We did, however, manage a delightful visit to the Fairy Glen – a place said to have been built by the fairies themselves and – to one who grew up with Tinkerbell, The Faraway Tree and fairytales of Hans Christian Andersen – this Fairy Glen met all my childhood expectations of where fairies would dwell. My imagination went into overdrive as I imagined stories in my head that I will perhaps, one day, share. Most of us with children will have introduced them to the tooth fairy when they were young and my two were also blessed with regular visits, letters and gifts from a garden fairy who was always there for them when they needed a bit of cheering up.

We all need a bit of magic and wonder in our lives, something we sadly lose as we are introduced to ‘adulthood’ and we forget to play, dream and imagine. Well this Fairy Glen most definitely allows one’s thoughts to wander back into childhood stories where the fairies cared for the vulnerable, were kind to the weak, fought off dangers at their own risk and had delightful magical powers, and their wings glowed in the moonlight.

Fairytales and folklore entwine in many Celtic legends and are a lovely enrichment to the history of these enchanting places we are so fortunate to have on our doorstep. What was your favourite fairytale as a child I wonder? Could you still retell it today? What stories do your children or grandchildren enjoy reading about? Do we still encourage our imaginations to explore possibilities through stories? Or are we told (subconsciously perhaps) to resist ‘this nonsense’ and focus on facts, rather than fiction?……

I am reminded that Jesus told stories, his parables were often fictional in content but with factual messages in their telling. He used stories to create images his listeners could visualise and understand, in the hope they would be able to grasp his message easier than if he just told them the practical fact or message. Stories such as the Good Samaritan or the Lost Coin, Lost Sheep, the Great Pearl are all with fictional characters to illustrate a factual point to his listeners. We still tell these stories and find insight in them as children and adults alike. We allow our imagination to picture the scene and imagine what was going on in the story.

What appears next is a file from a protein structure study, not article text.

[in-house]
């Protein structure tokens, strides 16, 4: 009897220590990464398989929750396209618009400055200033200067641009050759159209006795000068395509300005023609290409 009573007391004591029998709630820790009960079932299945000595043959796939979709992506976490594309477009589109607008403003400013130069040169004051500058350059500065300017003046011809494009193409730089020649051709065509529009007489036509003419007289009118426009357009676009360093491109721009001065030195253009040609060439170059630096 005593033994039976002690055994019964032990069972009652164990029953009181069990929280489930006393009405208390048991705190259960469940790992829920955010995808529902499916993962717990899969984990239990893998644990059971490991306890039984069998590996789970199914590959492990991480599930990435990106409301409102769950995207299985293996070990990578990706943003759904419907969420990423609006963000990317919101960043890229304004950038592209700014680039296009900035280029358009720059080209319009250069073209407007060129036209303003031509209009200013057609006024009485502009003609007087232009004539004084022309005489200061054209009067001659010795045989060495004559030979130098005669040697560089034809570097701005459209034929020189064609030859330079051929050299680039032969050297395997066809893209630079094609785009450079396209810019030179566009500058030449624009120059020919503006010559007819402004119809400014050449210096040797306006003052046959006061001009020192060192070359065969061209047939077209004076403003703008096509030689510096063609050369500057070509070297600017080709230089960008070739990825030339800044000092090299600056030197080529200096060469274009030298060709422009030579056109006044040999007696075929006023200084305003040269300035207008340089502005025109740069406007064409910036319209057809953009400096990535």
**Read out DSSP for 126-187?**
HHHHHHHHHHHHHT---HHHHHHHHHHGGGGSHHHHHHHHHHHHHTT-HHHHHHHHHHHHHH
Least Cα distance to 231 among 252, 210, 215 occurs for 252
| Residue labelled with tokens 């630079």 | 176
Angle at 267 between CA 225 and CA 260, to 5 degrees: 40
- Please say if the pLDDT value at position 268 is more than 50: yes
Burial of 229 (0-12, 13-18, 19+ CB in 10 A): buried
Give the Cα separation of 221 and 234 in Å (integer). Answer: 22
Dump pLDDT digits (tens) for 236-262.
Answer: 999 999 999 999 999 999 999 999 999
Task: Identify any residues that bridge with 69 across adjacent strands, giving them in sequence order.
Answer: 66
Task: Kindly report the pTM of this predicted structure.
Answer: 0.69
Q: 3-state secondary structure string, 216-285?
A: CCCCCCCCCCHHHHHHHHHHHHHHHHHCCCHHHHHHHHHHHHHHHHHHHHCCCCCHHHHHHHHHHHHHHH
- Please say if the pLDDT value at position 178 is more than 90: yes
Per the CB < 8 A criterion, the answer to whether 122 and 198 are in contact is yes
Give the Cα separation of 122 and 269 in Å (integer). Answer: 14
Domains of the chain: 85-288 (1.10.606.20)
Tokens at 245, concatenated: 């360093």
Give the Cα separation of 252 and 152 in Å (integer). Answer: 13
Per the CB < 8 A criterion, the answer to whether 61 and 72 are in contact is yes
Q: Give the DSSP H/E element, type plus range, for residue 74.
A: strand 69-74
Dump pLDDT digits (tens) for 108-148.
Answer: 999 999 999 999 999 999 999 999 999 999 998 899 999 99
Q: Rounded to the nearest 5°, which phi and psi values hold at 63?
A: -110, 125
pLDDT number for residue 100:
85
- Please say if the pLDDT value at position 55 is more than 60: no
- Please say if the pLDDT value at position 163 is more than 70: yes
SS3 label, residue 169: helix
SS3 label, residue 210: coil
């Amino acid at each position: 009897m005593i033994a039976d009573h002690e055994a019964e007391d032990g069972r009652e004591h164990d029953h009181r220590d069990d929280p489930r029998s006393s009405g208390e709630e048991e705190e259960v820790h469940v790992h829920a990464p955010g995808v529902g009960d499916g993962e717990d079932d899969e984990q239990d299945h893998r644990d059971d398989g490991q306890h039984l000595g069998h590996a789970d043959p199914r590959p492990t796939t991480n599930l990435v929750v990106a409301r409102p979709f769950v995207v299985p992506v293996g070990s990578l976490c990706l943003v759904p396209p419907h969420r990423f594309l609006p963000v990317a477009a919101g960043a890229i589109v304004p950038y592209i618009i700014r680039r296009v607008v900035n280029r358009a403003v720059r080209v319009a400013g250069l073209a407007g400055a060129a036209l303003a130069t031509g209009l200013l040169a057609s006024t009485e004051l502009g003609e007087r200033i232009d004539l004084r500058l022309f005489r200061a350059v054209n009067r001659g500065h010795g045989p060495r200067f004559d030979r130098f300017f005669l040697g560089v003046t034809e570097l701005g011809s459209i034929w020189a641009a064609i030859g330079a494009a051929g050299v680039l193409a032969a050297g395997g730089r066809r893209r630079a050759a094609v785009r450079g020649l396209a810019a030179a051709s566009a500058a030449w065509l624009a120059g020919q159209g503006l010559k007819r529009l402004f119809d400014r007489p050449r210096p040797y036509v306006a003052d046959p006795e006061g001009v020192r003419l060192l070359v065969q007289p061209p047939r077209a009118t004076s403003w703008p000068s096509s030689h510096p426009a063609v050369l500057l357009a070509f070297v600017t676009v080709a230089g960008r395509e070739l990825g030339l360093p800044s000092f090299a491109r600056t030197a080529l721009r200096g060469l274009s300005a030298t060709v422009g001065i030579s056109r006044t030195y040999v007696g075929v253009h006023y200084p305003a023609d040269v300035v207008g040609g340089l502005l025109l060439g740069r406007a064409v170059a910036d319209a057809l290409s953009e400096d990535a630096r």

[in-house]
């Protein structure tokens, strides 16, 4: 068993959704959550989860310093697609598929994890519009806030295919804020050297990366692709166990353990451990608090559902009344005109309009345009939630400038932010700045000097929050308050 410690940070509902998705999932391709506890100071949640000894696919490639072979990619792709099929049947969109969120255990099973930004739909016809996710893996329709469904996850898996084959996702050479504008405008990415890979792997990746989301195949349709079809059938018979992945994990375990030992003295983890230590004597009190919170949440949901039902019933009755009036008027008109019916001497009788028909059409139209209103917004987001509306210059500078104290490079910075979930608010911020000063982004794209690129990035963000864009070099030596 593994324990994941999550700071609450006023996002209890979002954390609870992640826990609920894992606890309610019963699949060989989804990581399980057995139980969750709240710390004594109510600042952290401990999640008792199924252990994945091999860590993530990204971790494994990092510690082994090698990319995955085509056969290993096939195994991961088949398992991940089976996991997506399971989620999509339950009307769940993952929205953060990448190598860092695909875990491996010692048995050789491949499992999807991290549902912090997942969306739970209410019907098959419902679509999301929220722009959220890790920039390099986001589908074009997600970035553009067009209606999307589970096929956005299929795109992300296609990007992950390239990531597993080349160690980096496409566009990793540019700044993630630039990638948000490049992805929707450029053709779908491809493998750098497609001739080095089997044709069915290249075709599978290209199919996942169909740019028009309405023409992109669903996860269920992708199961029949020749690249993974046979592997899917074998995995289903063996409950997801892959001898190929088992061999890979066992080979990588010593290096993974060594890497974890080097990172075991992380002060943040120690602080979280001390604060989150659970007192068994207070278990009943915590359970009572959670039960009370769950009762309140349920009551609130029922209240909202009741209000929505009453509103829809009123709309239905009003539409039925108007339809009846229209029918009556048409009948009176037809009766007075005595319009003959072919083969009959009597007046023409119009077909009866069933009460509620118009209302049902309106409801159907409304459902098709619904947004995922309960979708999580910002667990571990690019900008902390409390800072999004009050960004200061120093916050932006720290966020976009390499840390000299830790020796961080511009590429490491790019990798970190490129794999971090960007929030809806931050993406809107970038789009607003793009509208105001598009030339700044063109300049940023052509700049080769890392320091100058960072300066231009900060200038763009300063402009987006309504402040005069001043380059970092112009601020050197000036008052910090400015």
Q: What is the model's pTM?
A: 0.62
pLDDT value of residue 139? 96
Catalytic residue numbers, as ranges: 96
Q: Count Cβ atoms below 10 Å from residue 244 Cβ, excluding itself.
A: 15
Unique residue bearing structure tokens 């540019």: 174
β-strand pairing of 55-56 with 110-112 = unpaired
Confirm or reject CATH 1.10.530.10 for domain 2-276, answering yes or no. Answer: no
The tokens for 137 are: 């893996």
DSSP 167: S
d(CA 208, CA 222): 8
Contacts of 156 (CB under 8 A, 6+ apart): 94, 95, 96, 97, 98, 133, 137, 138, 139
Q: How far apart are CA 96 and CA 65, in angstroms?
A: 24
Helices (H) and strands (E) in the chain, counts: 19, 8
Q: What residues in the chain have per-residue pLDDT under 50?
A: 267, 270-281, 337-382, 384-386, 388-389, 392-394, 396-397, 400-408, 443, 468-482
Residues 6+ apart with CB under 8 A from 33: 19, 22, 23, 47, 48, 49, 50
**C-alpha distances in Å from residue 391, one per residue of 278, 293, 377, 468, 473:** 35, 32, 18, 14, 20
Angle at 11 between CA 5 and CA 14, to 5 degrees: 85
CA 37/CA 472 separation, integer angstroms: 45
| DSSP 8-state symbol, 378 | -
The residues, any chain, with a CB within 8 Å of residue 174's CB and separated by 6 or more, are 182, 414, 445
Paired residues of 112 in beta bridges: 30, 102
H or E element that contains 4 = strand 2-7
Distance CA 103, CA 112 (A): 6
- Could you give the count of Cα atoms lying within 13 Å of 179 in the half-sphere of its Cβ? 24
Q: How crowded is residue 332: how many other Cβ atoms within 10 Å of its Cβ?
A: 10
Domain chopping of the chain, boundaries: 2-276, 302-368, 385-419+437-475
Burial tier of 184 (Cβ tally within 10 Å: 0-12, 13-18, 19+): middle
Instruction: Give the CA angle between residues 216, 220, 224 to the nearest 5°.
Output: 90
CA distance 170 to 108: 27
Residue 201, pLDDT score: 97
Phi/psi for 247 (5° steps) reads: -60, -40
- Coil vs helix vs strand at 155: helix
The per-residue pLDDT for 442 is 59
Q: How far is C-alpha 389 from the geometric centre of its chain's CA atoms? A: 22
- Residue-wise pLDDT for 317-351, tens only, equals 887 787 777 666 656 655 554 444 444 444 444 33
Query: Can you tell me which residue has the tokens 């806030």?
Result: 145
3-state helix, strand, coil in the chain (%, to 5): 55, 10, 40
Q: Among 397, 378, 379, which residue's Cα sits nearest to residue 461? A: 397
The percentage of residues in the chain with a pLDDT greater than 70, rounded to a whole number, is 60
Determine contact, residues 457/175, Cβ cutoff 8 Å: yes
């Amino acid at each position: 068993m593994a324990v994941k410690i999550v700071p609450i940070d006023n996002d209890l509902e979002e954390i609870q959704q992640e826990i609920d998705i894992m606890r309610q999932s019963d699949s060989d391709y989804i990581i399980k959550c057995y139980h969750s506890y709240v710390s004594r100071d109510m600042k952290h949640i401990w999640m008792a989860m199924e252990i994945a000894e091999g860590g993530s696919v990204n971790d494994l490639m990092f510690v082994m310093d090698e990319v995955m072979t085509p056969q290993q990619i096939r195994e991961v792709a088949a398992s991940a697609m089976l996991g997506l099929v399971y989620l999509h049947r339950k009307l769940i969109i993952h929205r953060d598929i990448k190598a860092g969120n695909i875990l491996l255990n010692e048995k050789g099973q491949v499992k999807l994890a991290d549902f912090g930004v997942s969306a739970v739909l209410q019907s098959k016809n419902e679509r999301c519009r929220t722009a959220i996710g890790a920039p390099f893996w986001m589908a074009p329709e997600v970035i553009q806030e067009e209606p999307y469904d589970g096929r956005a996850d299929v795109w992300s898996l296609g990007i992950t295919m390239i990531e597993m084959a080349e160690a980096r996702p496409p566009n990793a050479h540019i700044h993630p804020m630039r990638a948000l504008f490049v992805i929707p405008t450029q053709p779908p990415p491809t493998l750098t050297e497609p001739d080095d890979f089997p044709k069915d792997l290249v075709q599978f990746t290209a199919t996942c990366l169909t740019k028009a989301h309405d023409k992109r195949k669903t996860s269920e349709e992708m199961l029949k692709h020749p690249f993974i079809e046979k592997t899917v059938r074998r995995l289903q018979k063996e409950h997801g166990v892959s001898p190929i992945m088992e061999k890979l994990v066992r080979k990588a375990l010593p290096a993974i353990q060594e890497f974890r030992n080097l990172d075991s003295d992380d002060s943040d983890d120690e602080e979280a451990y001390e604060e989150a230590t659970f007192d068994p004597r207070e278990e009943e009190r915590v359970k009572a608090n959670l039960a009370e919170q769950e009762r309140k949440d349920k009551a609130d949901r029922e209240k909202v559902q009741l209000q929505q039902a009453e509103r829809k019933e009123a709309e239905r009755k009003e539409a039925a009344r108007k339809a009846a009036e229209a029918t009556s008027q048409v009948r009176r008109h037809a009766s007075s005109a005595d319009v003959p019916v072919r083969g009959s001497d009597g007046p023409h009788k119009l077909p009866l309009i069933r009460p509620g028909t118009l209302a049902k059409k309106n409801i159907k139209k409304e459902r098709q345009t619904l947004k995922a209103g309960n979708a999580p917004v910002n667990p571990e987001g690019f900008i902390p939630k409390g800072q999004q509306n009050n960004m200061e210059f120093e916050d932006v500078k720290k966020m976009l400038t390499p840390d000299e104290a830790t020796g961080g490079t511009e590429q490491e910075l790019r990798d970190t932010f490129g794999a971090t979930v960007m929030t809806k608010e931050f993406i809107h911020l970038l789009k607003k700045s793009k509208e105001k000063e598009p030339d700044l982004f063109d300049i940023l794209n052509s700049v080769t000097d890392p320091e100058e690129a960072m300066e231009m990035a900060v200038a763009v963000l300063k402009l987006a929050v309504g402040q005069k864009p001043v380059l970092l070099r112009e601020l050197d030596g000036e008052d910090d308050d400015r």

Stories are ever so important to hold onto, and stories that are fictional or fantasy are not necessarily nonsense – they can have something in them for us to discover about ourselves or the world around us. Fairies and folklore are stories that enriched the history of the celtic people and helped them make sense of matters they did not understand. The intoxication of Skye is, in part, due to the folklore and mystery around such places as this Fairy Glen.

I, for one, will allow myself to revisit these places in my mind, where the little people may very well have inhabited once upon a time. Perhaps they still do!…. I feel happy here, content, magical, alive. Is that not a good place to be? Is that not where happy ever afters begin…… step back into your childhood and retell the fairytales of your youth. I recall they all began with once upon a time….. Can you imagine?

Truly I tell you, whoever does not receive the kingdom of God as a little child will never enter it.” (Gospel of Mark chapter 10 verse 15)

Published by revhelen

A methodist minister on a journey..... to spiritual ‘places’...... to savour and reflect..... to be....

2 thoughts on “Isle of Skye – For the Love of Fairies!

  1. I need to tell you my fairy stories, Helen. Do you know what the fairies do with the children’s teeth they take? They are placed into the wishing well in Fairyland and decompose into wishes. The fairies need to recharge their wands from here before going out to their work.